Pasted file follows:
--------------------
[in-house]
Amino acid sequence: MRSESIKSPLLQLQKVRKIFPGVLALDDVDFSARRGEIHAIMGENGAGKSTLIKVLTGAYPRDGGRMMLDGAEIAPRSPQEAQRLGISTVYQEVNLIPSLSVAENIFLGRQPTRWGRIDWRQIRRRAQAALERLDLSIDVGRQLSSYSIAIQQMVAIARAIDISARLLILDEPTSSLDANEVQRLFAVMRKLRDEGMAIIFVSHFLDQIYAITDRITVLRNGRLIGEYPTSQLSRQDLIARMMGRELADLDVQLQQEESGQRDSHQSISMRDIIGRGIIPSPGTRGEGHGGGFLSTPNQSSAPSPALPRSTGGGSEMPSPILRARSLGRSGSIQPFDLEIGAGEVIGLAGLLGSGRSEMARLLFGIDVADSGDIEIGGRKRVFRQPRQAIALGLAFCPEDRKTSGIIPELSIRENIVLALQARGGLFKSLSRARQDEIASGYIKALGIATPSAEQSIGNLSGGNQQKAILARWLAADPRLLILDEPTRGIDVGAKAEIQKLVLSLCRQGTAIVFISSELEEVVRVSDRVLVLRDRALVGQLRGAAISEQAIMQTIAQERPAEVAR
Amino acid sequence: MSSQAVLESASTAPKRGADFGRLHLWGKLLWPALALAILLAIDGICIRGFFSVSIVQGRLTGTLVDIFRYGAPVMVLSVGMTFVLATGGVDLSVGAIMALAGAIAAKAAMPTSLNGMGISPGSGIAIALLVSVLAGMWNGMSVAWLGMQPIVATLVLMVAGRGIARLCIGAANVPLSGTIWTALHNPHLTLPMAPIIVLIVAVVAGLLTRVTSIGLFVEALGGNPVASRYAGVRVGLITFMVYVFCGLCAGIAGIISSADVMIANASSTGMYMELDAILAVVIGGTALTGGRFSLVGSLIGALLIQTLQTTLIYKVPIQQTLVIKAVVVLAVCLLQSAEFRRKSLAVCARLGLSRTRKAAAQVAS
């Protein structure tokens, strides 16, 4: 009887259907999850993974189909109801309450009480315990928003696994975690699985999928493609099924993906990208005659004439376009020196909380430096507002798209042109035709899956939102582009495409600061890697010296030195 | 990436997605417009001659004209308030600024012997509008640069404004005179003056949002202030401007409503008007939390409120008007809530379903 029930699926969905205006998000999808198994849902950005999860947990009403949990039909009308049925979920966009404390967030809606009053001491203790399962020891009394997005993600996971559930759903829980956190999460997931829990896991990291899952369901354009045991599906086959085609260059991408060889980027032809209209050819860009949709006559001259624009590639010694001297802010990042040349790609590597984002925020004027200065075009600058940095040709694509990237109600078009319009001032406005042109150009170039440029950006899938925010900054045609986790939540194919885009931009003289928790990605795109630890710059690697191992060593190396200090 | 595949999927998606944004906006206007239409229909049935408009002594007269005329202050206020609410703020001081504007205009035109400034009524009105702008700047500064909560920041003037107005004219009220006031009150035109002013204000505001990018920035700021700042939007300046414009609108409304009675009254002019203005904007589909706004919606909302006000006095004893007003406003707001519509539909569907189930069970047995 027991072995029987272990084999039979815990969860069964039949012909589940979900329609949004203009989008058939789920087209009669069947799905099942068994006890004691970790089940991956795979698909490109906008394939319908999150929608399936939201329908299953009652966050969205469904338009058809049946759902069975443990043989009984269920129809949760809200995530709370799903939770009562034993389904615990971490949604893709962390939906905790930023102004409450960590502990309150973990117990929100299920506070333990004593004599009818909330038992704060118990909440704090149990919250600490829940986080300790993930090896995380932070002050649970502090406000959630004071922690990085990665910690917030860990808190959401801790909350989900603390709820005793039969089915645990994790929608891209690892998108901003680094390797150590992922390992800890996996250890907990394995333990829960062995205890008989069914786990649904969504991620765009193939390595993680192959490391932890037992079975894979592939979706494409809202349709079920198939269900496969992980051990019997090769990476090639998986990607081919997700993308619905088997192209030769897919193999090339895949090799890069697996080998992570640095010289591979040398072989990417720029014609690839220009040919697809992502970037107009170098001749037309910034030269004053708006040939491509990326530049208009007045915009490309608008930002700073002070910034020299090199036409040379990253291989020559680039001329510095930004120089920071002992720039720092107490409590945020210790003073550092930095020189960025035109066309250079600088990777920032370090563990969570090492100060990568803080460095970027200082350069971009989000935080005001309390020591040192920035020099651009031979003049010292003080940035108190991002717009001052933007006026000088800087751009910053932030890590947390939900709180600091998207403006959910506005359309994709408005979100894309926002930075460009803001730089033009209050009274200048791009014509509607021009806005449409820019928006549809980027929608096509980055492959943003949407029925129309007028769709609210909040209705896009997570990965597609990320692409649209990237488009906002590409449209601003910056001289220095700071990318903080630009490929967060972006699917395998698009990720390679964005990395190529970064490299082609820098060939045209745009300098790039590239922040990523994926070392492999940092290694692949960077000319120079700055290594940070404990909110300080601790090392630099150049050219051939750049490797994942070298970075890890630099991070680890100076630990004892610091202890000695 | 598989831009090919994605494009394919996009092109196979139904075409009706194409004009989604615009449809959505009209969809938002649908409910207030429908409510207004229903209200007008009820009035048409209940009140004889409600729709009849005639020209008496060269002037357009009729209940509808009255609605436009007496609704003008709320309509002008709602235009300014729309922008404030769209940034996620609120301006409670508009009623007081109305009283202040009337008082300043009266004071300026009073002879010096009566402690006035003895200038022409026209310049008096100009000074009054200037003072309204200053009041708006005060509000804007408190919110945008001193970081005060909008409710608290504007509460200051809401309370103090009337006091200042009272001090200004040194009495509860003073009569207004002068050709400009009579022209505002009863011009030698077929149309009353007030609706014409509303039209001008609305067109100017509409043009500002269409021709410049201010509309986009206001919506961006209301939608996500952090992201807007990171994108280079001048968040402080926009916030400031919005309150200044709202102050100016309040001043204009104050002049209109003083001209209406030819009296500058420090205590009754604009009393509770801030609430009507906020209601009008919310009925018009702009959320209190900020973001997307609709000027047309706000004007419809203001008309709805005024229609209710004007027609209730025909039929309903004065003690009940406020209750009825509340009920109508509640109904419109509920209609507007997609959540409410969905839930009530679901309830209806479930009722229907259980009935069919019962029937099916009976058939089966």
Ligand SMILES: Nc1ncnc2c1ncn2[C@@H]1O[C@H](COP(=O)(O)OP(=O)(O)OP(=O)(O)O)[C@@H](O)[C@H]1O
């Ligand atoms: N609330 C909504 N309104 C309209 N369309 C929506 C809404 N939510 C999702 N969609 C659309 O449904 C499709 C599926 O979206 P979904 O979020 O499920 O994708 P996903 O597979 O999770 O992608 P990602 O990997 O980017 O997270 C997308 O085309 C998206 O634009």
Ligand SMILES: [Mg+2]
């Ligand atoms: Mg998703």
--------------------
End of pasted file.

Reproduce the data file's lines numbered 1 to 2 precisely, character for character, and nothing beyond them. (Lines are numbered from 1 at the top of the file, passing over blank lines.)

[in-house]
Amino acid sequence: MRSESIKSPLLQLQKVRKIFPGVLALDDVDFSARRGEIHAIMGENGAGKSTLIKVLTGAYPRDGGRMMLDGAEIAPRSPQEAQRLGISTVYQEVNLIPSLSVAENIFLGRQPTRWGRIDWRQIRRRAQAALERLDLSIDVGRQLSSYSIAIQQMVAIARAIDISARLLILDEPTSSLDANEVQRLFAVMRKLRDEGMAIIFVSHFLDQIYAITDRITVLRNGRLIGEYPTSQLSRQDLIARMMGRELADLDVQLQQEESGQRDSHQSISMRDIIGRGIIPSPGTRGEGHGGGFLSTPNQSSAPSPALPRSTGGGSEMPSPILRARSLGRSGSIQPFDLEIGAGEVIGLAGLLGSGRSEMARLLFGIDVADSGDIEIGGRKRVFRQPRQAIALGLAFCPEDRKTSGIIPELSIRENIVLALQARGGLFKSLSRARQDEIASGYIKALGIATPSAEQSIGNLSGGNQQKAILARWLAADPRLLILDEPTRGIDVGAKAEIQKLVLSLCRQGTAIVFISSELEEVVRVSDRVLVLRDRALVGQLRGAAISEQAIMQTIAQERPAEVAR